Looking at these first two Bahá’í Houses of Worship in ‘Ishqábád and Chicago allows us to see how differences in context and focus can affect the emergence of this institution and allow for emphasis to be given to one or another aspect, as appropriate to its matrix. In ‘Ishqábád, the Temple arose within the context of a very strong, active and united local community, and dependencies followed an organic course of development since public services, such as those related to the education of both boys and girls, for example, were not available. In Chicago, on the other hand, the Temple served as the catalyst for building unity of vision and purpose in the Bahá’í community of the entire continent of North America, developing its capacities to raise funds, to use the consultative process to achieve unity of thought and action regarding the design, to grow the community of believers attracted to the teachings of Bahá’u’lláh, and to develop administrative structures to guide and channel the energies of the community. Since public education and other services were widely available, Chicago did not devote energy to developing such dependencies; rather, under the guidance of Shoghi Effendi, it focused on building crucial administrative capacities that eventually affected the development and functioning of national and local Bahá’í communities throughout the entire hemisphere. In a sense, one could view the ‘Ishqábád Temple as a model for the emergence of a local House of Worship and the one in Chicago as a model for the continental Houses of Worship that were established during the stage of temple building upon which the Bahá’í world community next embarked.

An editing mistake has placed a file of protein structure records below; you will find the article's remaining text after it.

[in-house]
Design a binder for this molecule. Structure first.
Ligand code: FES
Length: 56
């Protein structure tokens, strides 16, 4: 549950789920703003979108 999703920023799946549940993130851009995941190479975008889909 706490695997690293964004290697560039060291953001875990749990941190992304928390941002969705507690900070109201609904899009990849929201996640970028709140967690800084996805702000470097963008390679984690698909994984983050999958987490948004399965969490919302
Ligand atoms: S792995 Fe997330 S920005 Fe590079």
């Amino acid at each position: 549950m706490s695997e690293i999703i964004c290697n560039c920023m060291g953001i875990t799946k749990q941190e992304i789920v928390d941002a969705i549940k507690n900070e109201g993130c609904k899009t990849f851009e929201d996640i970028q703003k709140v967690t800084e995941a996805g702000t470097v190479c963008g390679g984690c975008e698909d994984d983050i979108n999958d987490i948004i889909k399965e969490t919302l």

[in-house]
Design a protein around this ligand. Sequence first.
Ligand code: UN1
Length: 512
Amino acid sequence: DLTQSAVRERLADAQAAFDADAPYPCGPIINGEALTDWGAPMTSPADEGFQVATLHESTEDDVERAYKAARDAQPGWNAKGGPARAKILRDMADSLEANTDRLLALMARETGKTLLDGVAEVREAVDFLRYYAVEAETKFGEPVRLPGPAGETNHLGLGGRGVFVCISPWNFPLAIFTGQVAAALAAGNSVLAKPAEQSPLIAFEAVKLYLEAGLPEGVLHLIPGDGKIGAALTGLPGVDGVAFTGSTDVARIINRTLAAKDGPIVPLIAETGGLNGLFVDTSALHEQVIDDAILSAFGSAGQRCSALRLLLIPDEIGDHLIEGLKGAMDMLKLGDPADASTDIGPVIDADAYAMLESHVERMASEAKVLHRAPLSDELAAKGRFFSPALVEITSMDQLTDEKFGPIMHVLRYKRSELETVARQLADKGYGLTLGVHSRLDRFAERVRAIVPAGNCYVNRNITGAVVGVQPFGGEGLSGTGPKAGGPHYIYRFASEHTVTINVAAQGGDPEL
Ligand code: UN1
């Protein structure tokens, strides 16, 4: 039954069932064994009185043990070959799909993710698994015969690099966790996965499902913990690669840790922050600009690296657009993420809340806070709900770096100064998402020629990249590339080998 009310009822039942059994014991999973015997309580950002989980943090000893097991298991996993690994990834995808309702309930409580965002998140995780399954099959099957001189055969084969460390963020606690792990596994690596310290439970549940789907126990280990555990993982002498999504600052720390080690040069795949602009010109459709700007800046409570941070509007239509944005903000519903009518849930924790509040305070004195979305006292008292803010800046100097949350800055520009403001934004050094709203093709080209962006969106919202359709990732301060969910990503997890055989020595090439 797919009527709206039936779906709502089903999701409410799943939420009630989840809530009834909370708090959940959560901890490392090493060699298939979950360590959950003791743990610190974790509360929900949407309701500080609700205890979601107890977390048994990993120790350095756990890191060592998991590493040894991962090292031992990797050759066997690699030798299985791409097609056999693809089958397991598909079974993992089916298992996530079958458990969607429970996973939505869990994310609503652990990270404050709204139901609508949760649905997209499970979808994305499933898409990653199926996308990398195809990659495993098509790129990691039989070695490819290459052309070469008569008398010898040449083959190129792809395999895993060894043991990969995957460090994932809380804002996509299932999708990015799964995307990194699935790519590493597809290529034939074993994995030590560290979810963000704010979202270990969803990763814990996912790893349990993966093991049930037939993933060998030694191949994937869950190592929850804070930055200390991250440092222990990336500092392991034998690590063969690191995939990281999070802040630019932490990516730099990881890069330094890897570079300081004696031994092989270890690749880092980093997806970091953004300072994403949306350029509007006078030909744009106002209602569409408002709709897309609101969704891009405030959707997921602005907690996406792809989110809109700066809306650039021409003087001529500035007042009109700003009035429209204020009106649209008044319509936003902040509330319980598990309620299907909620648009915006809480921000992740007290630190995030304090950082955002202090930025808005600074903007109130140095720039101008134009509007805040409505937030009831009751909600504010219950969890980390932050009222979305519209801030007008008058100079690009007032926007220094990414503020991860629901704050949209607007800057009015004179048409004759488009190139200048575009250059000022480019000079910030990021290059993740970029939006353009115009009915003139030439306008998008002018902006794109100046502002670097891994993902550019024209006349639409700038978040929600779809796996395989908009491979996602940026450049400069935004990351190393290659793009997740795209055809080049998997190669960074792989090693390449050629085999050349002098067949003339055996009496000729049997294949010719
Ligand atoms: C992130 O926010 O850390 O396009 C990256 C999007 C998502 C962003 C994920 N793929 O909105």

Excerpt from "For the Betterment of the World, to the Glory of God" By Ann Boyles. Read the full article here >